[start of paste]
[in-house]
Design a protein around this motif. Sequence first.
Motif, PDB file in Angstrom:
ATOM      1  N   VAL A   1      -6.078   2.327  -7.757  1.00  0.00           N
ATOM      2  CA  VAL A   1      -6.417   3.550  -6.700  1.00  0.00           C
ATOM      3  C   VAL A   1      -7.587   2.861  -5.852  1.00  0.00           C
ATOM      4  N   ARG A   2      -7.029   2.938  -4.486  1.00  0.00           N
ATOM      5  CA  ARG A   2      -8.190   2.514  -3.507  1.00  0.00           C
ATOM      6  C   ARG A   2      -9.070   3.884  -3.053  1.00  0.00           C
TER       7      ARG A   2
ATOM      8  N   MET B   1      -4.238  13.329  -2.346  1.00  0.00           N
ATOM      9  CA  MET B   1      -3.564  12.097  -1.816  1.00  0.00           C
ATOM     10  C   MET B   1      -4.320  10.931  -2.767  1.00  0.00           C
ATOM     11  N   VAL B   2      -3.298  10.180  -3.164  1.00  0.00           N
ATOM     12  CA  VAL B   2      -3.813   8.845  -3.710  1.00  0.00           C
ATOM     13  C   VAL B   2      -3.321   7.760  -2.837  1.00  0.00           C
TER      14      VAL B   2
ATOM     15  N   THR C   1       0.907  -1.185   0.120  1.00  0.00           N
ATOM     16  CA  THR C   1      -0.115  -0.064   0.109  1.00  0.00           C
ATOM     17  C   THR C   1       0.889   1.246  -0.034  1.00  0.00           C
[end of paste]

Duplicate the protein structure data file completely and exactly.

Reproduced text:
[in-house]
Design a protein around this motif. Sequence first.
Motif, PDB file in Angstrom:
ATOM      1  N   VAL A   1      -6.078   2.327  -7.757  1.00  0.00           N
ATOM      2  CA  VAL A   1      -6.417   3.550  -6.700  1.00  0.00           C
ATOM      3  C   VAL A   1      -7.587   2.861  -5.852  1.00  0.00           C
ATOM      4  N   ARG A   2      -7.029   2.938  -4.486  1.00  0.00           N
ATOM      5  CA  ARG A   2      -8.190   2.514  -3.507  1.00  0.00           C
ATOM      6  C   ARG A   2      -9.070   3.884  -3.053  1.00  0.00           C
TER       7      ARG A   2
ATOM      8  N   MET B   1      -4.238  13.329  -2.346  1.00  0.00           N
ATOM      9  CA  MET B   1      -3.564  12.097  -1.816  1.00  0.00           C
ATOM     10  C   MET B   1      -4.320  10.931  -2.767  1.00  0.00           C
ATOM     11  N   VAL B   2      -3.298  10.180  -3.164  1.00  0.00           N
ATOM     12  CA  VAL B   2      -3.813   8.845  -3.710  1.00  0.00           C
ATOM     13  C   VAL B   2      -3.321   7.760  -2.837  1.00  0.00           C
TER      14      VAL B   2
ATOM     15  N   THR C   1       0.907  -1.185   0.120  1.00  0.00           N
ATOM     16  CA  THR C   1      -0.115  -0.064   0.109  1.00  0.00           C
ATOM     17  C   THR C   1       0.889   1.246  -0.034  1.00  0.00           C